Market Entry Strategies

An indirect export is one of the five market entry strategies that can be implied by businesses while implementing global strategies. In the indirect export strategy, there is a minimum amount of risk involved. On the other hand, the level of control of the market is also the least in this strategy. Market control is less due to the reason that products are being transferred abroad by other intermediaries (Levesque, 2004).
In this strategy, the organisation does not get involved in any type of marketing. No type of marketing or any other activity is conducted in the strategy of indirect exporting. The sales in such a strategy are conducted as sales in the domestic market.
Indirect exporting has the ability to invest in new markets and to do this they do not require any expertise or high amounts of investments. The strategy of indirect exporting is a common strategy initiated by organisations as a market entry strategy. If organisations become successful with the results of this strategy then they plan towards further agreements with the organisations of the host country (Terpstra and Sarathy, 2001).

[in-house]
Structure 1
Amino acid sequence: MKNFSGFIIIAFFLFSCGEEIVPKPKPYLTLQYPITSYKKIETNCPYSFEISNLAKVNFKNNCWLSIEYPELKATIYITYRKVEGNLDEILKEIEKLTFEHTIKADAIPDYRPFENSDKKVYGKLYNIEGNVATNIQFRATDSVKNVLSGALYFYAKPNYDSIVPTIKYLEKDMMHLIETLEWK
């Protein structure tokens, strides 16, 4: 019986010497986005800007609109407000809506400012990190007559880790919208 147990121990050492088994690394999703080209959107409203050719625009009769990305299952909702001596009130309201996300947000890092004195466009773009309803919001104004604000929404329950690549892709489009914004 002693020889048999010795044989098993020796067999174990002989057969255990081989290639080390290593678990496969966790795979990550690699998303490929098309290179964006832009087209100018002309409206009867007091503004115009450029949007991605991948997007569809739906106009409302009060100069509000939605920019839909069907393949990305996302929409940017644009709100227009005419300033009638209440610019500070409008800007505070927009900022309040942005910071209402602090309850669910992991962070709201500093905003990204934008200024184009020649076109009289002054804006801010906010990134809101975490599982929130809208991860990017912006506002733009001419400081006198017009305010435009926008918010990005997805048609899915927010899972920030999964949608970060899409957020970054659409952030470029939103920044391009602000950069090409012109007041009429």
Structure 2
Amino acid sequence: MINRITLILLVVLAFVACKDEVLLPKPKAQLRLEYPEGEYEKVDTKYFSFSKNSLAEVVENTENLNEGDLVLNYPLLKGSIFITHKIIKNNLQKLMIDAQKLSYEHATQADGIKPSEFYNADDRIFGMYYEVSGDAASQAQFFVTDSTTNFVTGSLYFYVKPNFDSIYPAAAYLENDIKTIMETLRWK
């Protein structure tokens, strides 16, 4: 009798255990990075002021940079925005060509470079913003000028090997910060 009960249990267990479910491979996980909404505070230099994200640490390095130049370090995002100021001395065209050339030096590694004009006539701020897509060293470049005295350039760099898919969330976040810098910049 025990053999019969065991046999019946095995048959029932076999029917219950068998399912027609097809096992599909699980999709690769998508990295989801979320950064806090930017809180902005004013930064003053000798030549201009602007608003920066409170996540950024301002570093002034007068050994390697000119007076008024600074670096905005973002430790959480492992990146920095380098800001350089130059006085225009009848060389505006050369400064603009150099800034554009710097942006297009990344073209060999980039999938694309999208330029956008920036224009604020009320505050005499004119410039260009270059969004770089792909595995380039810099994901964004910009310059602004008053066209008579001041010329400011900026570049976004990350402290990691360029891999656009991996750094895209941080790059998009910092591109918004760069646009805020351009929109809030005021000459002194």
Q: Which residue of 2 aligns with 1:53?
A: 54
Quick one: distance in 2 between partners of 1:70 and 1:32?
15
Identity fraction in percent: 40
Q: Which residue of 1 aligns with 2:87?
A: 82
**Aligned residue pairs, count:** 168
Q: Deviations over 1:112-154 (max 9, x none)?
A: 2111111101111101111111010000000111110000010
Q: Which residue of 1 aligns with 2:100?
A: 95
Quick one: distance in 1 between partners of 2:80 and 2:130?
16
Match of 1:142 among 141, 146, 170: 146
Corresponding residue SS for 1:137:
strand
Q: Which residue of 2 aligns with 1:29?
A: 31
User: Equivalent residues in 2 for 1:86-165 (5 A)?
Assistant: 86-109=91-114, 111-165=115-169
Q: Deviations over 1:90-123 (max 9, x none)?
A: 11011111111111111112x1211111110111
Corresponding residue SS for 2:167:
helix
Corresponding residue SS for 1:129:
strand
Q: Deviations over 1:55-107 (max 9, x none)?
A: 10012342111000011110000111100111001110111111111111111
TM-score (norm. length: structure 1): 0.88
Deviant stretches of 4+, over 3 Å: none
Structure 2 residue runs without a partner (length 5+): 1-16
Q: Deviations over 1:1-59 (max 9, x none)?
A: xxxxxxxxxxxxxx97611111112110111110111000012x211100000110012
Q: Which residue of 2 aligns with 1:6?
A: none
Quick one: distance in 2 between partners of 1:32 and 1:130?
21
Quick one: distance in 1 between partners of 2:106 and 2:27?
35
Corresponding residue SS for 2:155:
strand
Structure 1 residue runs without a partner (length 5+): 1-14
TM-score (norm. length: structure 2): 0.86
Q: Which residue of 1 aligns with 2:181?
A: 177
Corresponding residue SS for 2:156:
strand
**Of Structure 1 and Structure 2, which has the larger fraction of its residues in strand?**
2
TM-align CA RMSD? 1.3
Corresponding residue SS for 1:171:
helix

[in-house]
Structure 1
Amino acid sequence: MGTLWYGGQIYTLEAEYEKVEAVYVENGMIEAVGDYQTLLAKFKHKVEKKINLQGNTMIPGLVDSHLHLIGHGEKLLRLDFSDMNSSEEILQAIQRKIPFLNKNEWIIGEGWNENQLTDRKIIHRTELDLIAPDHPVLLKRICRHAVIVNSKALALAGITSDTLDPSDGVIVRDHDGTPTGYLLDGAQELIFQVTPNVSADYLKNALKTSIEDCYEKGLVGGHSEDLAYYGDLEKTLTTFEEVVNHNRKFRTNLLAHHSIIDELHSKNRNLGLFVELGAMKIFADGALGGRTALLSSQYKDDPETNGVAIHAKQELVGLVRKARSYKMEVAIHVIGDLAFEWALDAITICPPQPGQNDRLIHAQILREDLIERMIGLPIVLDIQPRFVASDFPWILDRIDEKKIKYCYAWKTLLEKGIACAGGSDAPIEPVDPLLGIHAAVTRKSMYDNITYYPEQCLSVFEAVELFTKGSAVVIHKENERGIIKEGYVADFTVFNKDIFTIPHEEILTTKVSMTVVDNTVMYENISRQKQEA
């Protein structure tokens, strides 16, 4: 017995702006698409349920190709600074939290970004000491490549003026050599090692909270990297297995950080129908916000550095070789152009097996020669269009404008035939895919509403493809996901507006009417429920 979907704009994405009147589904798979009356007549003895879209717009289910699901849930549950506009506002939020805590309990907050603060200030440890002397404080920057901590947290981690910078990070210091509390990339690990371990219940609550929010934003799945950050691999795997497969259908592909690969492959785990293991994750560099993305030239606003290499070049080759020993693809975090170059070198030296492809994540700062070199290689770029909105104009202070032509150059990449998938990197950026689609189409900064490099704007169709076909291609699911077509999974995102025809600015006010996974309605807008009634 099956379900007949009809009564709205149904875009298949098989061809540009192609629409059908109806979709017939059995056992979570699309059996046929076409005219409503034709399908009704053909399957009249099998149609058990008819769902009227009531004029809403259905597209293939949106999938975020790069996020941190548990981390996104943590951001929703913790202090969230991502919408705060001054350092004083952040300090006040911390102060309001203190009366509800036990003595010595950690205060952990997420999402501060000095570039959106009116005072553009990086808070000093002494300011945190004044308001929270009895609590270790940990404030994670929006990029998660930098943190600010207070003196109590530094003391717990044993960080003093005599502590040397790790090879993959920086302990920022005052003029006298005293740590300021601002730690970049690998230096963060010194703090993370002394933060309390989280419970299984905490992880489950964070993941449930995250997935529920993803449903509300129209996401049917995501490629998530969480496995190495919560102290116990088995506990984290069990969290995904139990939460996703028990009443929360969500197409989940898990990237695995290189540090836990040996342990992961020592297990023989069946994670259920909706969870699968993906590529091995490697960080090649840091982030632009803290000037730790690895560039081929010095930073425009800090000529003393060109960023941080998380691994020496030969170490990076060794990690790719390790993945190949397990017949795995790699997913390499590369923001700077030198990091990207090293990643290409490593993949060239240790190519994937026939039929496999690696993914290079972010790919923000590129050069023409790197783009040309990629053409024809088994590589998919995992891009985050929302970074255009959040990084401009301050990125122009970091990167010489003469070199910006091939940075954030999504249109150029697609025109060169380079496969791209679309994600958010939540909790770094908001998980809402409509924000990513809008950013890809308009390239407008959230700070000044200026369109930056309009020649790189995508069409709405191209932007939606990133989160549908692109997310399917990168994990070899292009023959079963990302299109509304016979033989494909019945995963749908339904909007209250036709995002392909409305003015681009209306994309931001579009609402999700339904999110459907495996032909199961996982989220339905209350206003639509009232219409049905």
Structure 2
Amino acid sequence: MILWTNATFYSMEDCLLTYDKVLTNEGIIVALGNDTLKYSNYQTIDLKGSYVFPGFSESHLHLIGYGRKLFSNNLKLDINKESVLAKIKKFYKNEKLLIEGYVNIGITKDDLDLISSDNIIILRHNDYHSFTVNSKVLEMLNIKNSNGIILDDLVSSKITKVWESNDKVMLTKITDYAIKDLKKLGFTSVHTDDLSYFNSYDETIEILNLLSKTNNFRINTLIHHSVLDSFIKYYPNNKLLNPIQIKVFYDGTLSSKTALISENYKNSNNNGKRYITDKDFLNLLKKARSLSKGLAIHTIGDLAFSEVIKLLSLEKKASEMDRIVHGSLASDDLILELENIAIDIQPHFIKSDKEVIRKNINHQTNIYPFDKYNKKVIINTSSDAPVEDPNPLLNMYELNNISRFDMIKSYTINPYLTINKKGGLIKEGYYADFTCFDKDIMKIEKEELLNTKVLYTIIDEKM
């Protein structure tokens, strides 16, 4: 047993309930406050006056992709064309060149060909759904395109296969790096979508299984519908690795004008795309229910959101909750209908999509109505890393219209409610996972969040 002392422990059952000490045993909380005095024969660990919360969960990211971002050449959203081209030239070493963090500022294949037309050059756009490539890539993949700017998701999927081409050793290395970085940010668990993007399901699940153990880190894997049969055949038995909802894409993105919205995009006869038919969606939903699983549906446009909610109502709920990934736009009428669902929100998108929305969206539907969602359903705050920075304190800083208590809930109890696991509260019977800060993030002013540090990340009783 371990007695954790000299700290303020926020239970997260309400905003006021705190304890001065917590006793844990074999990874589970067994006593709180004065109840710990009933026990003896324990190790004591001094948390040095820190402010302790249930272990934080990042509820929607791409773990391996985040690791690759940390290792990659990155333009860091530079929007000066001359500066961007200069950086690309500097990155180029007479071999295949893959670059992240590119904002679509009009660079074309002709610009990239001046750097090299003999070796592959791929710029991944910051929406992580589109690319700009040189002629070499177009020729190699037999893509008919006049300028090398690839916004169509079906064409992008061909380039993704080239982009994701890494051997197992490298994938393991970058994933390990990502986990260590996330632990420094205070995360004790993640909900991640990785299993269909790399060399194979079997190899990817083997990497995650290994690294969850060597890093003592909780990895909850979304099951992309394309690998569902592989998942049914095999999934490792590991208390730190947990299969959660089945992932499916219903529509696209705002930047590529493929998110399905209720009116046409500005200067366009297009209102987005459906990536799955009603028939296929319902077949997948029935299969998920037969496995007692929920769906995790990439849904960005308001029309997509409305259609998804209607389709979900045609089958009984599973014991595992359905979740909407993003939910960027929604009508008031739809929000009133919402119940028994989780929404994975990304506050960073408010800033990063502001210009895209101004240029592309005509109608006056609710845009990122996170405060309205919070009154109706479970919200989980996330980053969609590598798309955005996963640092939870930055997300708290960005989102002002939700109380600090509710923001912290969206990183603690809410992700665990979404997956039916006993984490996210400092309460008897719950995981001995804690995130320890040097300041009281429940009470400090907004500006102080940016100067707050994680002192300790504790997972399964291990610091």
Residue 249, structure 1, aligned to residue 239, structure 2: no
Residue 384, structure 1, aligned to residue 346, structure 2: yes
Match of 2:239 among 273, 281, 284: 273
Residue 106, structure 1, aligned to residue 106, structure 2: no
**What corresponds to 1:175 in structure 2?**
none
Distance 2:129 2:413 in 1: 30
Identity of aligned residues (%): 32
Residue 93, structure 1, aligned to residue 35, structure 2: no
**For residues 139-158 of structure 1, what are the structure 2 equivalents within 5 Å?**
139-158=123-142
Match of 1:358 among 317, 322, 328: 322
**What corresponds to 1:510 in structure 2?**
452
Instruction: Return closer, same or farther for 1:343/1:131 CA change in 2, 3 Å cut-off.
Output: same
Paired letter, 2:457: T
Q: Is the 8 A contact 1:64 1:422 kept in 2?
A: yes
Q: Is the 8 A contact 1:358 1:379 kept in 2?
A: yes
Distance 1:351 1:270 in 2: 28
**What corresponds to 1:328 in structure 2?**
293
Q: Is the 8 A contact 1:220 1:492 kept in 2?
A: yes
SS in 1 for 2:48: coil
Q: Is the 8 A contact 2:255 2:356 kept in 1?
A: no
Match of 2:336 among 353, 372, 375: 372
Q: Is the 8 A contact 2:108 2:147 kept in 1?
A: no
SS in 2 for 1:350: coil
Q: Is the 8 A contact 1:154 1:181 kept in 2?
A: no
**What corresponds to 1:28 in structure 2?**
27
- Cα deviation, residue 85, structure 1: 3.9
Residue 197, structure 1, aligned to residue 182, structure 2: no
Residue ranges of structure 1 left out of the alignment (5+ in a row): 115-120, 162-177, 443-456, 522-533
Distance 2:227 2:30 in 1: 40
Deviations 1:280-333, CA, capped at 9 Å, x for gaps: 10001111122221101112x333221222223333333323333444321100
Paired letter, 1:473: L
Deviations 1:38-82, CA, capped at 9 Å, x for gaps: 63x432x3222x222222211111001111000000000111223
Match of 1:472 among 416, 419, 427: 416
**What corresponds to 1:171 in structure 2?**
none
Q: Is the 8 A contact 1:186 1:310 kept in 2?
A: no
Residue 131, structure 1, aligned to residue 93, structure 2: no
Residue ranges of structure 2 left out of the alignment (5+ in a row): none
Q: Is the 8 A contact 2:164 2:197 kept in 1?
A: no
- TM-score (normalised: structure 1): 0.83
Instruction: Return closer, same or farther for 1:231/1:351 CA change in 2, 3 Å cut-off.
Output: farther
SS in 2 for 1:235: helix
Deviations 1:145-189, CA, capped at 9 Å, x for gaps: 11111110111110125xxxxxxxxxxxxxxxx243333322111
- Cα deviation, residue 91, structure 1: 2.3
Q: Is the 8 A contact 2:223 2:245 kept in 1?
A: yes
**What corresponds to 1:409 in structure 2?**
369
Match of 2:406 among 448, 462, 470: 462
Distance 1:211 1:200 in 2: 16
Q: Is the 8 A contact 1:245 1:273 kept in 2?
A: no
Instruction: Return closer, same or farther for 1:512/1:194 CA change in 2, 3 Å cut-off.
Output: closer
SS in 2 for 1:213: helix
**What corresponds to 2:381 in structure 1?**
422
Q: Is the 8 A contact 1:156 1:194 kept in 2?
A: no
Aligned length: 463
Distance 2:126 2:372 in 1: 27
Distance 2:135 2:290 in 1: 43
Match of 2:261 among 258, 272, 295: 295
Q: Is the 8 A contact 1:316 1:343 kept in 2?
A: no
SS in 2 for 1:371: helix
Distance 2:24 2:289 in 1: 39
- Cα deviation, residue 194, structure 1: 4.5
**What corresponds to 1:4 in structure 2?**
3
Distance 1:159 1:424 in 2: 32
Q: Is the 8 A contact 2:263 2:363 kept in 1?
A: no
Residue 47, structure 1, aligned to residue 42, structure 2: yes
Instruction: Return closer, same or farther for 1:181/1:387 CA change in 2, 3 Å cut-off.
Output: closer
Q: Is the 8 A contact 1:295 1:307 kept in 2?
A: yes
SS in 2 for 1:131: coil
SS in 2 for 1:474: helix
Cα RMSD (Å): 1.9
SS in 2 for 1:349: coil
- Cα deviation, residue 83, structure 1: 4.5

Indirect exporting is conducted via sales organisations that are domestically located. The domestic sales organisation is considered to be an easy method of managing sales in foreign markets. In this strategy, products can be bought and sold in the domestic market and it can be resold in the foreign market. The firm that is exporting the products needs to be in touch with the marketing activities of the foreign market so that they are able to increase the sales of their products at a constant note (Raff, Ryan, and Stahler, 2009).
International trading companies is another form of indirect exporting. This type of indirect exporting is conducted by initiating local offices across the globe. Examples of international trading companies can be the Mitsubishi Company of Japan.
The international trading companies have the opportunity of addressing a huge market and hence this attribute makes them attractive distributors. Their attractiveness is also due to their credibility of information that they possess of the local markets (Cateora and Graham, 2002).&nbsp.

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